FEBRUARY 5, 2012: A SAD PASSING IN CAR GUY WORLD–THE DEATH OF THE OLD SCHOOL JUNKYARD

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One of the memorable moments in ‘American Graffiti’ was the junkyard sequence where John Milner described the story behind the wrecks in the yard.

 

The movie was set in a bygone era (1962) when junkyards had not yet become auto recycling depots, plus there were plenty of them around North America.

 

Milner was able to point to a few hellacious wrecks and describe the circumstances behind the cars’ final resting place in the junkyard. I can vividly remember my own high school years in an era when junkyards were still plentiful enough for Jim Croce to include their typical guard dogs in a song.

 

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We were able to visit the yards and do a quick assessment of cars like a 1970 Barracuda in which one of our classmates had sent into a low orbit followed by a spectacular crash landing into a grove of trees-in town.Another small collection contained a wrecked pickup truck that had a crushed steering wheel from a head-on collision on a rural road, a crash that ended the life of one our recently graduated classmates.

 

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The wrecked vehicles were a graphic reminder that maybe we weren’t as 10 feet tall and bullet-proof as we thought in those brash young days.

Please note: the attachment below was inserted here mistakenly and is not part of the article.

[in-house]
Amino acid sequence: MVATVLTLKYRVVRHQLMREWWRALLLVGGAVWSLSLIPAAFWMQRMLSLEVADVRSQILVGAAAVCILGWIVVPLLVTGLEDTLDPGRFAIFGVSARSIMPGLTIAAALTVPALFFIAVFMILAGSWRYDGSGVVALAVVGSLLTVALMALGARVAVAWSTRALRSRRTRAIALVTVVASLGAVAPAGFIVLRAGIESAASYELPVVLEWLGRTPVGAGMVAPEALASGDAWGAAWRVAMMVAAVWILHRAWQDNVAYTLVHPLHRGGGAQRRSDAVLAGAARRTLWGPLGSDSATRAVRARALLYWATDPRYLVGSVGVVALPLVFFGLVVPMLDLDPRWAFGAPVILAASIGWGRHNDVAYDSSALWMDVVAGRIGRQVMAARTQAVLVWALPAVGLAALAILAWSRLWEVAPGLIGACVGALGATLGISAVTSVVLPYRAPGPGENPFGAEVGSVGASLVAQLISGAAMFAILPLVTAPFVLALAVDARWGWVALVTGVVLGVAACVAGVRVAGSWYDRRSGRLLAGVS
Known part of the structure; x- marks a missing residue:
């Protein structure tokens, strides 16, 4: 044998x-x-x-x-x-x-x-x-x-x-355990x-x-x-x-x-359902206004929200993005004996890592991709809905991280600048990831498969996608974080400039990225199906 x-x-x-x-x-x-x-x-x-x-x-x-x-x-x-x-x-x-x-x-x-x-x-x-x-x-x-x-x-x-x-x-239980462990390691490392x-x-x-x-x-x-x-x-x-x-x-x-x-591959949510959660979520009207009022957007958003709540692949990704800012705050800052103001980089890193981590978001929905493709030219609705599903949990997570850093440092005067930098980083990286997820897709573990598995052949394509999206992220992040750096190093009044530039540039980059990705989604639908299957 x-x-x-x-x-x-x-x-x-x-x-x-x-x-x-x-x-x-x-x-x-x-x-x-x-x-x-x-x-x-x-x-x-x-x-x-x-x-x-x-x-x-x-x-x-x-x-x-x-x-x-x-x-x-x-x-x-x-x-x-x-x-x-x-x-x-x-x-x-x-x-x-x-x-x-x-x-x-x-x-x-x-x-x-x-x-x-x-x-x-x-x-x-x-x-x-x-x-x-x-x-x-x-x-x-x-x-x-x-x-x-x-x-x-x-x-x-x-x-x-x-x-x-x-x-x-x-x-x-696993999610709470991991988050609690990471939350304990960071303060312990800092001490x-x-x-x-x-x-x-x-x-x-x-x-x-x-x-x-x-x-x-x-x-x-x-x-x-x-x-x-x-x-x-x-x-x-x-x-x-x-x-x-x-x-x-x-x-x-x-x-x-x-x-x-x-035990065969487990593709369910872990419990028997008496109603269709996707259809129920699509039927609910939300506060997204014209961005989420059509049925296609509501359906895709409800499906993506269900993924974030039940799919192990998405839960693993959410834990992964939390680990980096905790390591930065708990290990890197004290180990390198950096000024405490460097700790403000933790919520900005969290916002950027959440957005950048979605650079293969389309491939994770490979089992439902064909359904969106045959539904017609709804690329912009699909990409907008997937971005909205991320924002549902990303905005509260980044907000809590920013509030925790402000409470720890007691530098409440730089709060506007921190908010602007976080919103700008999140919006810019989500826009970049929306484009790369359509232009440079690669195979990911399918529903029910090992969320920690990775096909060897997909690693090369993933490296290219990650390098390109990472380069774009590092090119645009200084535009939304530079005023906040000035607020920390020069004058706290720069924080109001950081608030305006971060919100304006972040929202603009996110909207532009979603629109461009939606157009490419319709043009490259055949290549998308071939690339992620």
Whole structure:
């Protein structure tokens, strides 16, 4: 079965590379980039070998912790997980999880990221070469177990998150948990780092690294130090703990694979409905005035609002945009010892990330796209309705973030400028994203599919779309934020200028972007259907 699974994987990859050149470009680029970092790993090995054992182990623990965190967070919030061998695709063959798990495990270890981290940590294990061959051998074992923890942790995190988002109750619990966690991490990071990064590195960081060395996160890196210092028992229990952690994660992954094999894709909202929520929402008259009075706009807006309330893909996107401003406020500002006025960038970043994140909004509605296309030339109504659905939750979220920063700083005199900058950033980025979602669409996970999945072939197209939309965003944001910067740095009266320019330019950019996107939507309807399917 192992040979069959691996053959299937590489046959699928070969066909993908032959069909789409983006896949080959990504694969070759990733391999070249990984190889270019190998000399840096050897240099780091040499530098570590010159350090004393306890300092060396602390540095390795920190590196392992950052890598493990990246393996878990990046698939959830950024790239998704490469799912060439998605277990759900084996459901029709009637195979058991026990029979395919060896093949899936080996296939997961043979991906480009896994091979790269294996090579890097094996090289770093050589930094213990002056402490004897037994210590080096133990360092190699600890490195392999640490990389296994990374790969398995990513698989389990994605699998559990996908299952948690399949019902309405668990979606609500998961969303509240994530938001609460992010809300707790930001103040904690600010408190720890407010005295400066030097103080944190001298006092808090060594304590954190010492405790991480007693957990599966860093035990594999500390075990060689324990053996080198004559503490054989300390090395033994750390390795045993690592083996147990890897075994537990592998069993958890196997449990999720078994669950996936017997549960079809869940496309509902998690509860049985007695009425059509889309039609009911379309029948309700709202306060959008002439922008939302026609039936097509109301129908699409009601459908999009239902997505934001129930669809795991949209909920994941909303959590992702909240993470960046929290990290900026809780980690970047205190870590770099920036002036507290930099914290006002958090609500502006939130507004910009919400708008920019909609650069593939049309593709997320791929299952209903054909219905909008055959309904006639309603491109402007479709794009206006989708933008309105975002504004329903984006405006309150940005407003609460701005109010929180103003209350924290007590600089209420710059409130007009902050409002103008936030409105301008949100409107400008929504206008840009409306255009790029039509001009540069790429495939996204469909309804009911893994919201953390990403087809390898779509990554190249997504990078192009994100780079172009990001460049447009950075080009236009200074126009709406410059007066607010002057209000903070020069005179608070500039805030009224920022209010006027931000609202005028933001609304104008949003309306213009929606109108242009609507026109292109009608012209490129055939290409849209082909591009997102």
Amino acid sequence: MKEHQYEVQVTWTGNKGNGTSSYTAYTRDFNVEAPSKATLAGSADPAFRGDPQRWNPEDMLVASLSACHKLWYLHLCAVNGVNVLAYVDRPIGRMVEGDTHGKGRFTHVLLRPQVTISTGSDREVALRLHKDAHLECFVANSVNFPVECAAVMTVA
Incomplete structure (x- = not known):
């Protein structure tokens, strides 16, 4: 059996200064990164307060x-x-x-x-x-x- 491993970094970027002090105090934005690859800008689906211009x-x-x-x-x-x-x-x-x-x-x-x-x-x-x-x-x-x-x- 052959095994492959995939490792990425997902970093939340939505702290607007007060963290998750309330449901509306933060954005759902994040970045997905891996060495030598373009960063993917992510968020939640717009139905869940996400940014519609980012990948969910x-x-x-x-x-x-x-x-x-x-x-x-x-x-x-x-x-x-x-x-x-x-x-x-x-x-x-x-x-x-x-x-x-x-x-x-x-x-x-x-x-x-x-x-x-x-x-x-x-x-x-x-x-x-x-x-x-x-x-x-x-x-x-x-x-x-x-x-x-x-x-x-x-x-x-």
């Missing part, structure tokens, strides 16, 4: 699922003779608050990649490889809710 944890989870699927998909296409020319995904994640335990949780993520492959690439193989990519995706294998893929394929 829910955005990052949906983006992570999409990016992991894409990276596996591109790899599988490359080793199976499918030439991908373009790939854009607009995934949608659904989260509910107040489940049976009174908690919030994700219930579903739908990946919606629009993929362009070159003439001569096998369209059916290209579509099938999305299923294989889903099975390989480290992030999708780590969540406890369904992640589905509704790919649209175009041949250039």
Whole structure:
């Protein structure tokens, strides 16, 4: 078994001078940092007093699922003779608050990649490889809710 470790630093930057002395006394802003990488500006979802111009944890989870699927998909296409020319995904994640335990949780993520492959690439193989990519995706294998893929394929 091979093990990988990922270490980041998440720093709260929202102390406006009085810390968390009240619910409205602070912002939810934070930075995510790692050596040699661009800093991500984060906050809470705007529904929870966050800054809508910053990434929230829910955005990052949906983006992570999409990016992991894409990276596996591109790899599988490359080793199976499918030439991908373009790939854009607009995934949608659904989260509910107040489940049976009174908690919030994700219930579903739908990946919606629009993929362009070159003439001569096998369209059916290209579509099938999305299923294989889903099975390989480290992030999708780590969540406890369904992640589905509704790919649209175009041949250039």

2012 is now 50 years after the time period in the iconic coming-of-age movie about a collection of high school graduates wrestling with adult decisions and occasionally high school girls (American Graffiti). Most junkyards have followed John Milner into the world of the departed because they are victims of a new era of economics and environmental concerns.

 

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The new age wreckers (sorry-they’re now called recycling depots) are geared toward a newer vehicle that has plenty of buyers for their product. They have little room and even less inclination to tie up their space with a bunch of old iron so that a guy with a 40 or 50 year old vehicle can find a trim piece. It makes little economic sense not to sell most of the vehicle parts to a big customer base and then crush the rest for metal salvage.

 

I can understand their basic business logic, but something was definitely lost in the translation for those of us who enjoyed the simple pleasure of a stroll through an old school junkyard- chock full of classic vehicles, parts and car guy dreams.

 

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Today we salute those broken cars from the junkyards of the past.

 

Environmental concerns may have scrubbed them clean from the landscape but they will never be scrubbed clean from our memories.

 

Jim Sutherland

More car topics athttps://www.mystarcollectorcar.com/

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